The Rev. Tony Pierce gave me quite a tongue-lashing Monday about writing in my blog every day. So if this gets boring, just blame him.
Tonight I went to my first recording studio. It's called The Village and it's in West L.A. on Santa Monica Blvd. It has a very '70s L.A. feel to it--you could totally imagine Fleetwood Mac in there at four in the morning on coke, obsessing over mixing of backup harmonies and getting punchy and having a complete laughing jag that lasts for ten minutes, and then every time somebody looks at the other for the next hour they start laughing again.
I don't know; I've never recorded an album but I imagine that's what would happen.
This studio had 72 tracks, it seemed to me. It was basically like my four-track--after falling in a vat of nuclear waste. At first the board looked frightfully complicated but then I just realized that it was the same set of buttons repeated 72 times. I felt right at home there. It's a place for people who don't mind being inside for days on end bringing into fruition something in their head. And that's me, Jack.
The mixer/engineer's name was Jim Scott. He was tall and tan with gray hair and he seemed like someone who had lived a lot. He had completely decorated the studios he was using with Indian fabrics and flea-market tapestries, some really funny (gratuitous unicorns); Christmas lights; candles, and champa incense.
I ate some Starburst and Corn Nuts and listened to a new record end-to-end, tripping out on the harmonies. There were notes taped all over a door about the record--I can't imagine the detail-work that must go into recording an album with 72 tracks, holy fuck.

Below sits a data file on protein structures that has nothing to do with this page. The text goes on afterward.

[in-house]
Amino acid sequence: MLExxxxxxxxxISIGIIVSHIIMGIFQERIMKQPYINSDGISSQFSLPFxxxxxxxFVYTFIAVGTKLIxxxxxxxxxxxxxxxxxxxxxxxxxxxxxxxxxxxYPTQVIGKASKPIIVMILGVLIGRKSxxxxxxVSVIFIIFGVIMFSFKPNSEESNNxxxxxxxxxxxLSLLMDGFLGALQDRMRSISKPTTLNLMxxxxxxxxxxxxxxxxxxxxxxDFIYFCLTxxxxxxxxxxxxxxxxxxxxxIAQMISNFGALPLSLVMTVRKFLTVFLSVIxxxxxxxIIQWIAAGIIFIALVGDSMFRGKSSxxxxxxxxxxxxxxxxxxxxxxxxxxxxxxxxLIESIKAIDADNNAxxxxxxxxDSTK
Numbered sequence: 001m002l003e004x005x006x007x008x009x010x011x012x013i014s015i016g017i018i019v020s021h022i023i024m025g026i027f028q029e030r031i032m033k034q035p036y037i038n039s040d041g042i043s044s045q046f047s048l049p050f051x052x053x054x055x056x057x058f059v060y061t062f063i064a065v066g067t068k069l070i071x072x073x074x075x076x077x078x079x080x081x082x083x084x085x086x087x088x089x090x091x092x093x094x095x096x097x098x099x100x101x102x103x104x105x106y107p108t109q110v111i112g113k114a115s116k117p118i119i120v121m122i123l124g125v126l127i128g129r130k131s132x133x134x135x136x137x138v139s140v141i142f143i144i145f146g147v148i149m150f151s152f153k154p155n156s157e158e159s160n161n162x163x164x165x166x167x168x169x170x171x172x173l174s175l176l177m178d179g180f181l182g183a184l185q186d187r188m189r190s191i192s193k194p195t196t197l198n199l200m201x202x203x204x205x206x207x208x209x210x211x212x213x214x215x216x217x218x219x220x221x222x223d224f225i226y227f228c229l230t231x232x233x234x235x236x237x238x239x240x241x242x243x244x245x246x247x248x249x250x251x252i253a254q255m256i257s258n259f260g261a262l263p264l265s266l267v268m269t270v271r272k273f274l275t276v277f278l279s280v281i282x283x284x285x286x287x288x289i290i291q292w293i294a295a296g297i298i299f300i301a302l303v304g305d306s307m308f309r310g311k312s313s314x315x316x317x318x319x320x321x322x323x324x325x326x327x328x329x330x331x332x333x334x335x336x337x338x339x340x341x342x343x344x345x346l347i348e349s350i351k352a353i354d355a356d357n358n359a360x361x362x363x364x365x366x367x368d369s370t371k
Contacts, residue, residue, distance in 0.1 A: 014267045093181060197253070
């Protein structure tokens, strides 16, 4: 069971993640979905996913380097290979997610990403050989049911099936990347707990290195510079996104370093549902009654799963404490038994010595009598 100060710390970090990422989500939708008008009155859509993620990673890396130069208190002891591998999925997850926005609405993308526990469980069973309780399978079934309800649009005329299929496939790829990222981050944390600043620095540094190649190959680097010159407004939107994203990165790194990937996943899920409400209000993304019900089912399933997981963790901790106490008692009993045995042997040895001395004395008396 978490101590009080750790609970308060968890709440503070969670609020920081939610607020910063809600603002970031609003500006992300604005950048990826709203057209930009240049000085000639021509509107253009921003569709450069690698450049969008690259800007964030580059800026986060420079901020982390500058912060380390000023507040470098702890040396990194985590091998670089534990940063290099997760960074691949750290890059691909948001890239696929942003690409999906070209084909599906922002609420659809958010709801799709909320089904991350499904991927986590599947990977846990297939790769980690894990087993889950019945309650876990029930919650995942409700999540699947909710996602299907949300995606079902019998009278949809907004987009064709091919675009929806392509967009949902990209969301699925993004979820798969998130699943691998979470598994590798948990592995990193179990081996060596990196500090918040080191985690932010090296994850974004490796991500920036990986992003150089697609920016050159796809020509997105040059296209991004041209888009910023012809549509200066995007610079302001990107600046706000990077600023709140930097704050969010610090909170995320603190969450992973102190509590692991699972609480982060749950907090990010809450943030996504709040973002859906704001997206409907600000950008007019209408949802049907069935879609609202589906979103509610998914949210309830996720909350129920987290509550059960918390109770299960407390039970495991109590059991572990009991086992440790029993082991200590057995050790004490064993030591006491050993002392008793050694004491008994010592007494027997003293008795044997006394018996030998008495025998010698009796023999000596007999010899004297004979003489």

They had a shower and everything you need there. There were even little glowing stars in the ceiling. It must be ridiculously expensive. I wonder what it's like to have that much money, where you can camp out at a swanky studio for three months just to mix your record. I mean, when you're that rich, where do you draw the line? Do you go for the gold-plated pepperoni on your pizza, just because you can?
Anyway, budget and technology bear little relation to the quality of an album, far as I can tell.
Beth Orton last night was very good, but her band bummed me out and the venue (House of Blues) was all wrong. She is real, and the House of Blues is Disneyland. Her band was too polished and there were no electric guitars. I wanted to hear her with a T. Rex "Electric Warrior"-style arrangement: Electric guitar, acoustic, bongos, a raw voice--she could keep the cello and violin, which were good. I just felt the arrangements were not doing justice to the humanity of her voice and her songs.
After the show, my new friend Debbie and I walked down the Strip to a certain hotel to stalk Badly Drawn Boy, who's staying there. He didn't turn up but we sat on the pool patio and looked at the moon, hanging amber over the city with a big, full face of mercy.
The moon is my boyfriend.
Now I must go to my transport capsule because I have a date with the moon in about ten minutes.